"Are the critics of this movie seeing a documentary for the first time?" she asked. "Can't they tell by the tone what the movie is doing? Moore is a satirist. He's making an emotional point. The movie isn't supposed to be an objective review of the facts, and few people would see it that way."
Another documentarian at the festival was George Butler, whose new doc "In The Blood," tells the story of a hunting expedition in Africa. His biggest hit was "Pumping Iron," the documentary that put Arnold Schwarzenegger and body-building on the map. Butler himself admits that "Pumping Iron" was "scripted" -- that Arnold was always going to defeat Lou Ferrigno in the movie's big contest. He says he takes New Journalists like Gay Talese and Tom Wolfe as his guides: "I use the materials of fact and the techniques of fiction to tell the story I want to tell."
My own feeling about "Roger & Me" is that the movie needs to be approached as neither fact nor fiction, but as an original work of art on the subject of corporate greed. I was not born yesterday, and as I watched the film I knew that certain shots were set-ups. So, I think, do most other audience members. Of course the whole gimmick of the film -- Moore's unsuccessful attempts to get an interview with Smith -- is manipulative. Of course Moore could never get an interview using the techniques he's using. We know that. We enjoy his efforts, anyway.
Does Moore "demean" the subjects in his film, the "little people," by holding them up to ridicule? I don't think so. I think he is looking at the infinite goofiness of human nature -- at the things people will say -- with the same deadpan astonishment that I sometimes have when I watch the TV news. He has the same kind of ear for revealing dialog as Bob Elliott and Ray Goulding, the two most influential American humorists of the last 40 years, who in all of their work reflect the cadences and vocabularies of people telling us more about themselves than they know. "Roger & Me" also contains elements of the same genius found in Errol Morris's "Gates of Heaven," a documentary about California pet cemeteries that is one of the best films ever made -- best, because it has the patience and wit to allow real people to strike truer, sadder and even funnier notes than would be believed in fiction.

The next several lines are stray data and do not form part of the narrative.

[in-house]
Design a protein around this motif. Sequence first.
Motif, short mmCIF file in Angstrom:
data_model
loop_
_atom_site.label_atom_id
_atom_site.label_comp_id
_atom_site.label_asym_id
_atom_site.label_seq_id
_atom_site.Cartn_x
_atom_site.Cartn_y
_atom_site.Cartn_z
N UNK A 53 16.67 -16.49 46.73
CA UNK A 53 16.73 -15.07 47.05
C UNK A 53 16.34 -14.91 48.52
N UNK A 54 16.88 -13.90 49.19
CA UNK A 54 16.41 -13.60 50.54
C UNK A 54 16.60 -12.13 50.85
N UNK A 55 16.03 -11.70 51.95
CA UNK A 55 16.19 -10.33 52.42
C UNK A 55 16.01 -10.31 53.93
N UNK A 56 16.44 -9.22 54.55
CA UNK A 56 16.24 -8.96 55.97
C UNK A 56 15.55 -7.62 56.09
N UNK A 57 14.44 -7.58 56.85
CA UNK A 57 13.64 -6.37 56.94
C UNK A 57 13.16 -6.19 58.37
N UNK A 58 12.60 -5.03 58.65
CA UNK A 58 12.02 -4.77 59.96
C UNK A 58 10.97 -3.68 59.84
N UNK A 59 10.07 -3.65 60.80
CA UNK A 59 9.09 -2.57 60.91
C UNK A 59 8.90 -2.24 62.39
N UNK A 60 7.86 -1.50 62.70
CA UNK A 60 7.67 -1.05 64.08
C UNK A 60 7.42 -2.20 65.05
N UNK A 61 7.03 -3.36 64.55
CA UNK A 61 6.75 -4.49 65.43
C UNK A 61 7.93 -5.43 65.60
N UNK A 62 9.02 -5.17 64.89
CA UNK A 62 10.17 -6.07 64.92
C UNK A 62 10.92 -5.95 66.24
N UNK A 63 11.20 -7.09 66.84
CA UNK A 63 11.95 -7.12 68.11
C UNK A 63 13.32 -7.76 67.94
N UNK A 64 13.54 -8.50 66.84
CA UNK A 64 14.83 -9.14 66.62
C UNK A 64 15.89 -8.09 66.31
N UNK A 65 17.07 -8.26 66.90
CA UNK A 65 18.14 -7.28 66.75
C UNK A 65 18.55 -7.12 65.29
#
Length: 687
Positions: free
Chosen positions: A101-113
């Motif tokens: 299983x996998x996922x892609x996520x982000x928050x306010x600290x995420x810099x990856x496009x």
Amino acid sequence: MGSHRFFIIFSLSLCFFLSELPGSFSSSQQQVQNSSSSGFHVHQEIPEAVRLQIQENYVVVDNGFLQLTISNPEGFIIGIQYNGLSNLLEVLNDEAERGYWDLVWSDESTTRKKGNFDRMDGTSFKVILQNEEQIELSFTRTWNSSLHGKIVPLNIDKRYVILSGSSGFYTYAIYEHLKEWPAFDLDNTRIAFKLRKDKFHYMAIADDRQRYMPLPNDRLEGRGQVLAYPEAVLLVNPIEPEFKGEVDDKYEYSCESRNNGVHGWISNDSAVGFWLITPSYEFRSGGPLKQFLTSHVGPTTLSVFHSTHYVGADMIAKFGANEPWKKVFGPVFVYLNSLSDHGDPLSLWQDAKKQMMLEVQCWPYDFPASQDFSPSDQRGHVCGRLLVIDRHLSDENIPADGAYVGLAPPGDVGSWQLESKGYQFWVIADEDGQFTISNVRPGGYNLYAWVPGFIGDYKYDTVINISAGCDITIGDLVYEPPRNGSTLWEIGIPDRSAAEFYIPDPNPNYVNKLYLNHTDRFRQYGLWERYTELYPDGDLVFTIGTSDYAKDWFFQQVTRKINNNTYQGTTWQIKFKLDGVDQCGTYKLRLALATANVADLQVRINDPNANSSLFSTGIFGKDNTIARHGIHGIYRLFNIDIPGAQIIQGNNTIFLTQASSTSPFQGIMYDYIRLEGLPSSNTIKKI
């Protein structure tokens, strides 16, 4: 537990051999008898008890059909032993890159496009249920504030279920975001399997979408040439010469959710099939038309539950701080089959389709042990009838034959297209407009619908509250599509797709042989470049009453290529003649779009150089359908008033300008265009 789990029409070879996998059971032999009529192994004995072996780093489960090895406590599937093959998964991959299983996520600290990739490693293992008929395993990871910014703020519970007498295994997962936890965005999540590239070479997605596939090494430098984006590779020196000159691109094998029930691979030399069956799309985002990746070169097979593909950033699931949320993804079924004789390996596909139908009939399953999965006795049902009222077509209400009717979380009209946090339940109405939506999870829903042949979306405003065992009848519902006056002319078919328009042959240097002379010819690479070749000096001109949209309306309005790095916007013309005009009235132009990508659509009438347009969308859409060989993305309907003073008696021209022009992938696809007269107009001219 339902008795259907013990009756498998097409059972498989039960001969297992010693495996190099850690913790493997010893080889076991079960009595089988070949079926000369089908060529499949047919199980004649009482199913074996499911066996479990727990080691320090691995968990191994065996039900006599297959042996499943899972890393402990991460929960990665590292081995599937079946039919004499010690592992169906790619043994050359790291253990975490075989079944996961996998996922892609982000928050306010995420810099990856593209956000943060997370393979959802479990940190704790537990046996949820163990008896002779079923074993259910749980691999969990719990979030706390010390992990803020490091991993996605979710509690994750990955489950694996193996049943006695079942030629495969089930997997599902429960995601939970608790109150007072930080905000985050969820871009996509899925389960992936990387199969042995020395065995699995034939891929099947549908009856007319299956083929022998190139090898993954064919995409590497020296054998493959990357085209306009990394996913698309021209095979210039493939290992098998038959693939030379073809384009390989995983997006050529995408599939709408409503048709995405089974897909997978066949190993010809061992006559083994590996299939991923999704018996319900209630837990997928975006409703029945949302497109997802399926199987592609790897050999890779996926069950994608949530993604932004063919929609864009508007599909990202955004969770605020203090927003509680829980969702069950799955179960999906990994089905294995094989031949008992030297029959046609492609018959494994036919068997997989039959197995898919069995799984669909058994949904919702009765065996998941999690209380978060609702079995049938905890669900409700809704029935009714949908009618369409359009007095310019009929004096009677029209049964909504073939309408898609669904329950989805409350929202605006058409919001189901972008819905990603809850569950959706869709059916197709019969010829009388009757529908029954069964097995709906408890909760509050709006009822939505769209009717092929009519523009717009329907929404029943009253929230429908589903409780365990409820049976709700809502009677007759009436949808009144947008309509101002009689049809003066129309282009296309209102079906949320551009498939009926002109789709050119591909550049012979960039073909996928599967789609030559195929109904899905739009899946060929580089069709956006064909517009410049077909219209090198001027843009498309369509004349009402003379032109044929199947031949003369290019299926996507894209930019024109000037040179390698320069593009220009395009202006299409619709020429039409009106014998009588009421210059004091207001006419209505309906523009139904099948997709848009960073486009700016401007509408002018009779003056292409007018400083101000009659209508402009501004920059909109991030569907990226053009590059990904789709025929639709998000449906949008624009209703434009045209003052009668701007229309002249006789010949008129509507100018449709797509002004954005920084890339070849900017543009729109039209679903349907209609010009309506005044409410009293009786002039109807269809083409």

Jonathan Rosenbaum, writing about the "Roger & Me" controversy in the Chicago Reader, makes a good point when he says that some film critics have been made uneasy by the film's political content. There may be a sense in which people who spend all of their time in the movies are avoiding the politics outside the theater doors -- and resent it when political issues follow them into their womb of dreams.
"Roger & Me" is a brave, brash breath of fresh air in American moviemaking. It considers one of the real issues in America today -- which is not whether the hero will be able to save the girl from the drug kingpin, or whether the two oddball cops will be able to get along, or whether the other person in bed with you is a slasher, but whether the traditional American ethic of fair play between worker and employer has been replaced by a paganistic corporate worship of the bottom line.
Parts of "Roger & Me" are factual. Parts are not. All of the movie is true.